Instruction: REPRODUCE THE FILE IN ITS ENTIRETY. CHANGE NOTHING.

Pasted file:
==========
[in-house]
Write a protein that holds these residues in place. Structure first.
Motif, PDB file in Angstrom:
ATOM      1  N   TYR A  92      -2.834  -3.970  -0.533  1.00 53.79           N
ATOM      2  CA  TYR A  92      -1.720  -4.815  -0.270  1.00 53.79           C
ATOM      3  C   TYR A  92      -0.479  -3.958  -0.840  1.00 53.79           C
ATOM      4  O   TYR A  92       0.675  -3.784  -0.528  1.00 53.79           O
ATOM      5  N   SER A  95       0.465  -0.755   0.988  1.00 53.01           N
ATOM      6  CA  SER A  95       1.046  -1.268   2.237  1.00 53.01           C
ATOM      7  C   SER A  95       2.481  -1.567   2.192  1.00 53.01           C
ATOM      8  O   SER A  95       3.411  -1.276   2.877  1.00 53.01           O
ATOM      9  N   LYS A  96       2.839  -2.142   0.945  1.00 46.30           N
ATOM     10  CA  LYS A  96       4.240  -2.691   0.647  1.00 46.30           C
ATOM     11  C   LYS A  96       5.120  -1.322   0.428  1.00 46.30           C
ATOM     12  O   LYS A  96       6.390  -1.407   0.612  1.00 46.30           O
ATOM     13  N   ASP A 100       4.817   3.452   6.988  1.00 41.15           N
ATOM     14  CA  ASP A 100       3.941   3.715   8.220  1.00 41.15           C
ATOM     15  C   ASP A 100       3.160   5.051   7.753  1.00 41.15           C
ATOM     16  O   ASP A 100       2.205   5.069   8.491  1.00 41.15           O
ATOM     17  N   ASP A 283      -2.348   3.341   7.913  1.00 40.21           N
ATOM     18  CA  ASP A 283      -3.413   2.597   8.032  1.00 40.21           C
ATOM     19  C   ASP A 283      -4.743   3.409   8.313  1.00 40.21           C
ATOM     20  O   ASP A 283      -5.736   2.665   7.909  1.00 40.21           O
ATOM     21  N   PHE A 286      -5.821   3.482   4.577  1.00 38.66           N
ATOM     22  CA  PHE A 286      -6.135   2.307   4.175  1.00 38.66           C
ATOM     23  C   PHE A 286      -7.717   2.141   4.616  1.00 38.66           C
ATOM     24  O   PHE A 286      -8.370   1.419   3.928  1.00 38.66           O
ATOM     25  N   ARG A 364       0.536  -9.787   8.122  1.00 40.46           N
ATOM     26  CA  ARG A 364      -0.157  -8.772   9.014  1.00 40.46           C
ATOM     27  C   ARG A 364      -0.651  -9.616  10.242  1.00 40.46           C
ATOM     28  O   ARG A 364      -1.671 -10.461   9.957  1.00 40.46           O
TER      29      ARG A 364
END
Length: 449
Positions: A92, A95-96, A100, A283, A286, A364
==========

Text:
[in-house]
Write a protein that holds these residues in place. Structure first.
Motif, PDB file in Angstrom:
ATOM      1  N   TYR A  92      -2.834  -3.970  -0.533  1.00 53.79           N
ATOM      2  CA  TYR A  92      -1.720  -4.815  -0.270  1.00 53.79           C
ATOM      3  C   TYR A  92      -0.479  -3.958  -0.840  1.00 53.79           C
ATOM      4  O   TYR A  92       0.675  -3.784  -0.528  1.00 53.79           O
ATOM      5  N   SER A  95       0.465  -0.755   0.988  1.00 53.01           N
ATOM      6  CA  SER A  95       1.046  -1.268   2.237  1.00 53.01           C
ATOM      7  C   SER A  95       2.481  -1.567   2.192  1.00 53.01           C
ATOM      8  O   SER A  95       3.411  -1.276   2.877  1.00 53.01           O
ATOM      9  N   LYS A  96       2.839  -2.142   0.945  1.00 46.30           N
ATOM     10  CA  LYS A  96       4.240  -2.691   0.647  1.00 46.30           C
ATOM     11  C   LYS A  96       5.120  -1.322   0.428  1.00 46.30           C
ATOM     12  O   LYS A  96       6.390  -1.407   0.612  1.00 46.30           O
ATOM     13  N   ASP A 100       4.817   3.452   6.988  1.00 41.15           N
ATOM     14  CA  ASP A 100       3.941   3.715   8.220  1.00 41.15           C
ATOM     15  C   ASP A 100       3.160   5.051   7.753  1.00 41.15           C
ATOM     16  O   ASP A 100       2.205   5.069   8.491  1.00 41.15           O
ATOM     17  N   ASP A 283      -2.348   3.341   7.913  1.00 40.21           N
ATOM     18  CA  ASP A 283      -3.413   2.597   8.032  1.00 40.21           C
ATOM     19  C   ASP A 283      -4.743   3.409   8.313  1.00 40.21           C
ATOM     20  O   ASP A 283      -5.736   2.665   7.909  1.00 40.21           O
ATOM     21  N   PHE A 286      -5.821   3.482   4.577  1.00 38.66           N
ATOM     22  CA  PHE A 286      -6.135   2.307   4.175  1.00 38.66           C
ATOM     23  C   PHE A 286      -7.717   2.141   4.616  1.00 38.66           C
ATOM     24  O   PHE A 286      -8.370   1.419   3.928  1.00 38.66           O
ATOM     25  N   ARG A 364       0.536  -9.787   8.122  1.00 40.46           N
ATOM     26  CA  ARG A 364      -0.157  -8.772   9.014  1.00 40.46           C
ATOM     27  C   ARG A 364      -0.651  -9.616  10.242  1.00 40.46           C
ATOM     28  O   ARG A 364      -1.671 -10.461   9.957  1.00 40.46           O
TER      29      ARG A 364
END
Length: 449
Positions: A92, A95-96, A100, A283, A286, A364